Update: More evacuations ordered Saturday as Sand fire intensity increases

Mandatory evacuations were announced this afternoon for River Pines Estates, a community of 200 homes in Amador County, as the Sand fire intensity increase, according to Cal Fire.

Since 2 p.m., the plumes of smoke have darkened to an orange red, indicating an increased intensity of the fire. Roughly 750 people were evacuated earlier because of the blaze, El Dorado County Sheriff’s officials said Saturday. The fire, which has charred 1,300 acres, has not spread and remains 20 percent contained, according to the California Department of Forestry and Fire Protection. Five homes and seven outbuildings have been destroyed. Another 260 structures are under threat, said Cal Fire spokesman Scott McLean .

More than 750 firefighters continued Saturday to battle the wildfire fire, which broke out in southern El Dorado County late Friday afternoon and quickly jumped the Cosumnes River into Amador County.

McLean said the area’s steep terrain is challenging firefighters, adding that a pickup in winds to 10 mph Saturday afternoon is expected to exacerbate the situation.

“There’s a potential for the fire to grow,” McLean said.

Sgt. Jeff Leikauf of the El Dorado County Sheriff’s Office said Friday that evacuations took place along Sand Ridge Road, east of Freshwater Lane. The El Dorado County Fairgrounds was opened to evacuees Friday and Saturday. The evacuations include those living on Dagostini Drive and those living on Bell , Upton, Twin Cities and Ryer Roads. Road closures extend form the the South Side of Sand Ridge Road at Highway 49 to Bucks Bar, Cal Fire said Saturday.

Area resident Elizabeth Bulloch said Saturday that her home was among the first threatened, forcing a hurried evacuation.

“We saw a huge plume of smoke yesterday afternoon and it was coming towards us very quickly,” she said. “We had about 20 minutes to pack up all of our important stuff. We saw our neighbor’s cabin go up in flames on TV.”

Along Highway 49, firefighters ferried large equipment-- including bulldozers and water tankers -- to the front lines on Saturday. Some of the normally bustling Amador County vineyards hung out signs that read 'sorry closed today.'

Lydia Miller, who lives about five miles from the blaze, drove around and took pictures of the smoke plumes.

"I think we're in trouble with this one," said the lifelong area resident as she stood on the side of Shenandoah Road.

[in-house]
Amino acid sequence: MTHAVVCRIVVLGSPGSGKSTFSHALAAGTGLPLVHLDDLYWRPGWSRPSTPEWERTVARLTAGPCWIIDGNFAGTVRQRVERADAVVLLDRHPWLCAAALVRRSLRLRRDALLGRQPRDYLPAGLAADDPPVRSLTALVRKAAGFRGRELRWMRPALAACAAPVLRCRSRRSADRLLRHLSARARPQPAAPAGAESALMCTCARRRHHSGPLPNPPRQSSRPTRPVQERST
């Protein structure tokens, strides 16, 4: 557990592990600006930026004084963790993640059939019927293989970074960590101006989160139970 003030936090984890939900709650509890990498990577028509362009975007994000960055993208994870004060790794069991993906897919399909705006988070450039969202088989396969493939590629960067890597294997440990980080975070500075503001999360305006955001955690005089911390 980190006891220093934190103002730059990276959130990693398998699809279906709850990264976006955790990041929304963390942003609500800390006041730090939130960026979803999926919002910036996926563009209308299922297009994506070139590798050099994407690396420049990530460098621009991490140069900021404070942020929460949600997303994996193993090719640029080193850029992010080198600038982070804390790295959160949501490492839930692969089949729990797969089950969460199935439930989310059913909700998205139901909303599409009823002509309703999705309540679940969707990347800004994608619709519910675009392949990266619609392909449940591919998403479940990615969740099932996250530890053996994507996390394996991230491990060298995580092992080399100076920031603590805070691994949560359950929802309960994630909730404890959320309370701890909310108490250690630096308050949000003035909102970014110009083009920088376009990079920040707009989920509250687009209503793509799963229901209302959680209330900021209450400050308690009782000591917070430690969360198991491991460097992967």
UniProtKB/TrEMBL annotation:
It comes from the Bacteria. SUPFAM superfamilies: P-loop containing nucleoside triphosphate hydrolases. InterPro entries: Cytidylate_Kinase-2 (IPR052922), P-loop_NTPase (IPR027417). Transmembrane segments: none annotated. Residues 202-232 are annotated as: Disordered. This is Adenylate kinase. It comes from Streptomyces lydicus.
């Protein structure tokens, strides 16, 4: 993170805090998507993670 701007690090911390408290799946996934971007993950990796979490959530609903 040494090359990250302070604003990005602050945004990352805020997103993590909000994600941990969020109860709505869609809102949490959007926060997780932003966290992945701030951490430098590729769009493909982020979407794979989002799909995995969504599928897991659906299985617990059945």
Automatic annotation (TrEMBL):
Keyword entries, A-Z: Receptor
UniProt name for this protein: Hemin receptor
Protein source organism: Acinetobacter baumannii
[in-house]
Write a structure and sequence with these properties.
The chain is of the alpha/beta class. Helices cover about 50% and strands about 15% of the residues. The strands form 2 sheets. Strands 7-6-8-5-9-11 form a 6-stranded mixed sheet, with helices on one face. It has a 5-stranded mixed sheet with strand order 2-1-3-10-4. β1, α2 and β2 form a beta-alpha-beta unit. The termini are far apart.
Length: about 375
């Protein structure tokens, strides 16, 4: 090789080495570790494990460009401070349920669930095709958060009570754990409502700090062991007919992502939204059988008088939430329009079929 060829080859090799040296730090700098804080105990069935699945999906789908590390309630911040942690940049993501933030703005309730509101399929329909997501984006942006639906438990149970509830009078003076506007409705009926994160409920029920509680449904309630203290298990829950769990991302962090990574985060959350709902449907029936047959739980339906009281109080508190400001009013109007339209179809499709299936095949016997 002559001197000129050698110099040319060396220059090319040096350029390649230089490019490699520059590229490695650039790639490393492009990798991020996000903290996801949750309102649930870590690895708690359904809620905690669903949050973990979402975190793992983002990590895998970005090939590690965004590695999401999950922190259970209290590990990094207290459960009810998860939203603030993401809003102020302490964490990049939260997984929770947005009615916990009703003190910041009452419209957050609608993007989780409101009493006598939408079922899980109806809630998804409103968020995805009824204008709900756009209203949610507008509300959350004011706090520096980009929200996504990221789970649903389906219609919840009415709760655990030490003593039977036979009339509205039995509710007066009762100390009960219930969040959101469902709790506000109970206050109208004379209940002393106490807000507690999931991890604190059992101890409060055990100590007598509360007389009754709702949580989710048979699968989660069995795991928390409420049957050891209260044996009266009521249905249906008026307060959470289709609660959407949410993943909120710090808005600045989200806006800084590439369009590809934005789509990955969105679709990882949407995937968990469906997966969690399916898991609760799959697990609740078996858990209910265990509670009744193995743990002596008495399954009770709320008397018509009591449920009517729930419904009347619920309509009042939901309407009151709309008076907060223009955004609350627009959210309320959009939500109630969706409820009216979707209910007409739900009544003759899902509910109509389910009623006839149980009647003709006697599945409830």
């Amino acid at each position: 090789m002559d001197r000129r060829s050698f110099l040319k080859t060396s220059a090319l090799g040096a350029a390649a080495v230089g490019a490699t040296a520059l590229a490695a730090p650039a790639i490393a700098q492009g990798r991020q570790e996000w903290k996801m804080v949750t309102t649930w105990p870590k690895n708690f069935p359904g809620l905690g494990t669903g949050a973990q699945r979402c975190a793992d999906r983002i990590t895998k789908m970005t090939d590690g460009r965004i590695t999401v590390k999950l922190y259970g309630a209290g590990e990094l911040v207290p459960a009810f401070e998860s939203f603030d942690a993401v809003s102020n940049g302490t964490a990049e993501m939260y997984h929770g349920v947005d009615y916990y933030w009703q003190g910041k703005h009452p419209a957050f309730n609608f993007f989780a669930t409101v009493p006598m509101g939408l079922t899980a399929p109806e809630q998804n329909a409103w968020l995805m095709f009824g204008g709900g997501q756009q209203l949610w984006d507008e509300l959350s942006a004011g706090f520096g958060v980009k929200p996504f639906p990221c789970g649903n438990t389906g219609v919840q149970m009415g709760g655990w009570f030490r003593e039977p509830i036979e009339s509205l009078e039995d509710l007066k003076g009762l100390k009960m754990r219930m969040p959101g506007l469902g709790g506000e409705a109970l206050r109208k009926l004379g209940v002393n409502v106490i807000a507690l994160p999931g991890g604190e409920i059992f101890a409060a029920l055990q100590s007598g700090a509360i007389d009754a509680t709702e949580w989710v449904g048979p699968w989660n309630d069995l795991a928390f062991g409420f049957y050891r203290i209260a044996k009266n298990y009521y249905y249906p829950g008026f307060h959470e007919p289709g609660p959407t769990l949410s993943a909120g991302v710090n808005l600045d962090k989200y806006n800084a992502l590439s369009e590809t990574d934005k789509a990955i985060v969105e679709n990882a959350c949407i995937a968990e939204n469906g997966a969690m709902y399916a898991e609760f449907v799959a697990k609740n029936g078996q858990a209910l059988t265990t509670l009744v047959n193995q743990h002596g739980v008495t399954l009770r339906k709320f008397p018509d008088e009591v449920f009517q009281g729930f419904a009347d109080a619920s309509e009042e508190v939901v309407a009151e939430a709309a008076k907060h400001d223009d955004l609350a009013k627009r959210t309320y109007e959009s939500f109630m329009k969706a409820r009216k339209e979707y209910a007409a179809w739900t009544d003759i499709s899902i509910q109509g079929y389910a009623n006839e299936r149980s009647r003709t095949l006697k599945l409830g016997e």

Miller's husband and daughter were busy packing bags at home in anticipation of an evacuation order.

Nearby, a few River Pines residents gathered at the town's general store.

"We're very worried," said Teresa Lau, the store's owner. "What can you do? We need to save our lives."

On Friday, the blaze came within 200 yards of the Story Winery on Bell Road in Amador County before shifting direction.

More information:

•  Live blog: Updates from the Sand fire

•  Twitter updates: Follow progress in fighting the Sand Fire

“It’s been a long time since I’ve seen something like this,” said Della Bradford, a winery employee.

Speaking by phone, Bradford had to shout to make herself heard over the roar of firefighting helicopters passing overhead. Fires in the area typically burn on the north side of the river, she said. This was the first time she could recall one jumping the river.

Darlene Ott of the town of El Dorado in El Dorado County was en route to Calaveras County with her husband when the fire broke out about 4:45 p.m. They stopped at the Story Winery, where she met Bill Cleek and David Roberts, owners of nearby Rancho Cicada Retreat.

Ott said they reported the loss of several outbuildings and classic cars at their 44-acre resort, where about 45 people were gathered for an event. The guests headed home and Cleek and Roberts, with the help of firefighters, evacuated their property with a 250-pound tortoise and several turtles in tow, Ott said. The men, who have operated the retreat for 45 years, told her their home had been spared.

The fire was burning in an area of grass, oaks and a few pine trees. People in the area reported periodic flashes of flames as trees ignited.

Tom Tinsley, spokesman for Cal Fire’s Amador-El Dorado Unit, said the fire’s rapid spread was not surprising. There have been three years of drought, it is late July, the humidity is low and the temperature in late afternoon was in the upper 90s, he said.

Units from the Cosumnes Fire Department, Sacramento Metropolitan Fire District, Folsom Fire Department and Wilton Fire Department responded as part of a local government strike team from Sacramento County.

George Eckert of Plymouth said he was driving home on Jackson Highway from Sacramento about 4:45 p.m. when he spotted a puff of smoke. By the time he got home, the puff had grown to a huge cloud of smoke, which he photographed from his hilltop residence. He estimated it was 7 or 8 miles from Plymouth at the time.

“We’ve lived here 28 years, and we’ve seen that area burn many, many times,” Eckert said. “But this is the first time I’ve seen it as nasty as this one.”

Eckert said he could hear sirens and see aircraft flying in and out of the smoke.

Bee Photographer Hector Amezcua and Bee Staff Writer Edward Ortiz contributed to this report

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